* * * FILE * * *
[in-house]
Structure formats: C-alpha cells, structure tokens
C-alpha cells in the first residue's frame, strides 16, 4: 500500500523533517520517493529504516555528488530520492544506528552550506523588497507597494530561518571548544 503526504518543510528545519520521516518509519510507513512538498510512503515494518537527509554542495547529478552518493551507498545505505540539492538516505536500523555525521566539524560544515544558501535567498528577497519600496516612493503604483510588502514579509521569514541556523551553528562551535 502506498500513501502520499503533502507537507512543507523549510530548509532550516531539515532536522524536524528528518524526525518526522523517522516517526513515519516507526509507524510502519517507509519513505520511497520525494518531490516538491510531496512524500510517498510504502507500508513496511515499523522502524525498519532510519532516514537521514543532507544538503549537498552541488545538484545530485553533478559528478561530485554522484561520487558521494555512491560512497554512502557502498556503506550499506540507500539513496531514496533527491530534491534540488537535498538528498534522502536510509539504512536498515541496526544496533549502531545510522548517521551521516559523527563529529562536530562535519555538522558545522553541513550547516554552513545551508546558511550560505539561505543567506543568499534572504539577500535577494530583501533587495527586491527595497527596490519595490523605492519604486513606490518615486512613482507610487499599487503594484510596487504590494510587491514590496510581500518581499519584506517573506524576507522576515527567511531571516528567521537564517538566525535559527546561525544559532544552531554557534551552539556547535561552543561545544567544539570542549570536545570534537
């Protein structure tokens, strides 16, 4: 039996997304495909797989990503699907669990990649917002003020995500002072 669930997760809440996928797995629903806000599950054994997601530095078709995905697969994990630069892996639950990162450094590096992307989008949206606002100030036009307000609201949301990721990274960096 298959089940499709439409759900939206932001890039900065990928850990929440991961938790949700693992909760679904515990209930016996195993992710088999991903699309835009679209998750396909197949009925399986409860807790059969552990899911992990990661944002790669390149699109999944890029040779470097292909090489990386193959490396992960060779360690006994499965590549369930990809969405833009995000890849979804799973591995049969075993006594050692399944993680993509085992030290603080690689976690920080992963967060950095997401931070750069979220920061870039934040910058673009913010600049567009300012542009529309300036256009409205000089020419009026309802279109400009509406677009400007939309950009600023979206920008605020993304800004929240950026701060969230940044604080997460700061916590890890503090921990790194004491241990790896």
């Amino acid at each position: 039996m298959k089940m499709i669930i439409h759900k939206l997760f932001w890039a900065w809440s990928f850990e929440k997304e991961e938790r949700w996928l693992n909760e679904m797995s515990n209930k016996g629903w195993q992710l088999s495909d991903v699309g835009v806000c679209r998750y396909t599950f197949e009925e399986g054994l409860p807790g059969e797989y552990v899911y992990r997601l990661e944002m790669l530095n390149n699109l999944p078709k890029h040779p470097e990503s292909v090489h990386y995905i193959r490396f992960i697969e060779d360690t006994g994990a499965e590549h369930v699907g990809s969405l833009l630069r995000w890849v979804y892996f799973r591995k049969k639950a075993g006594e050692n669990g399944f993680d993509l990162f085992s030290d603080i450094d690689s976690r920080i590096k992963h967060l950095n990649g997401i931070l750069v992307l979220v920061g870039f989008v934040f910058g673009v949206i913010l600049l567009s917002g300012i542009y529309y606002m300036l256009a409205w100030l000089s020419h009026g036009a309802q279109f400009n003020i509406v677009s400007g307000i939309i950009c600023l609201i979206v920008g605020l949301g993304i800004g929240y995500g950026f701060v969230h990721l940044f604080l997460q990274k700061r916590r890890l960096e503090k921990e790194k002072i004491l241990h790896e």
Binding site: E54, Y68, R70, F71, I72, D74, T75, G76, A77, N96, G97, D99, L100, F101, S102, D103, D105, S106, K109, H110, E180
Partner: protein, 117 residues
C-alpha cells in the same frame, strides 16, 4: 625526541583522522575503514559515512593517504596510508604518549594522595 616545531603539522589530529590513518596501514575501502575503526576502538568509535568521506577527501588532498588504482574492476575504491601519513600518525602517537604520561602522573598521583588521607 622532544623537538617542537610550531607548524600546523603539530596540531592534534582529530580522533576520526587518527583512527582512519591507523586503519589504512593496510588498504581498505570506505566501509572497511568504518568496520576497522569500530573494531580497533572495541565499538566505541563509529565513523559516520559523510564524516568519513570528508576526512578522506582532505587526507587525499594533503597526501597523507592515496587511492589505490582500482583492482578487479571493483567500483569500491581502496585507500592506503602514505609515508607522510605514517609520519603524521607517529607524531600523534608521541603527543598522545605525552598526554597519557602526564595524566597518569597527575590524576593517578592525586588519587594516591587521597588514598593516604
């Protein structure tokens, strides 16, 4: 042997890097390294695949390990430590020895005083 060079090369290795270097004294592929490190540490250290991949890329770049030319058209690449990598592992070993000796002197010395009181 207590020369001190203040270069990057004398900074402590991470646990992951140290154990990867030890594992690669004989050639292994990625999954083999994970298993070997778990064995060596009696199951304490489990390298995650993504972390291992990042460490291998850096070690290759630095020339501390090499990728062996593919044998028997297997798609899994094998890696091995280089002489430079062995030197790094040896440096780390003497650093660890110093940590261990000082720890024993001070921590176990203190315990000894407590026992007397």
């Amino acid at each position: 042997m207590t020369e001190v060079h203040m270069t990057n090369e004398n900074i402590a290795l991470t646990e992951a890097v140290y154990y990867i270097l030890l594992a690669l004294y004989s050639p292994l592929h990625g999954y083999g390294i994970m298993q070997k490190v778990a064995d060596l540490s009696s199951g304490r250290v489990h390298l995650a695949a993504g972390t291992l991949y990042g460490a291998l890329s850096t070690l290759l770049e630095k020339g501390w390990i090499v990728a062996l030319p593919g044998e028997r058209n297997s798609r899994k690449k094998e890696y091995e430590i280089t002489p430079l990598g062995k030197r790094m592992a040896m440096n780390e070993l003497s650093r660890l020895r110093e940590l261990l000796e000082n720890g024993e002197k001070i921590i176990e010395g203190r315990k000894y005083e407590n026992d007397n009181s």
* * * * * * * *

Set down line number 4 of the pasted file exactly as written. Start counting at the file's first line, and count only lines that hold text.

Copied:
């Protein structure tokens, strides 16, 4: 039996997304495909797989990503699907669990990649917002003020995500002072 669930997760809440996928797995629903806000599950054994997601530095078709995905697969994990630069892996639950990162450094590096992307989008949206606002100030036009307000609201949301990721990274960096 298959089940499709439409759900939206932001890039900065990928850990929440991961938790949700693992909760679904515990209930016996195993992710088999991903699309835009679209998750396909197949009925399986409860807790059969552990899911992990990661944002790669390149699109999944890029040779470097292909090489990386193959490396992960060779360690006994499965590549369930990809969405833009995000890849979804799973591995049969075993006594050692399944993680993509085992030290603080690689976690920080992963967060950095997401931070750069979220920061870039934040910058673009913010600049567009300012542009529309300036256009409205000089020419009026309802279109400009509406677009400007939309950009600023979206920008605020993304800004929240950026701060969230940044604080997460700061916590890890503090921990790194004491241990790896």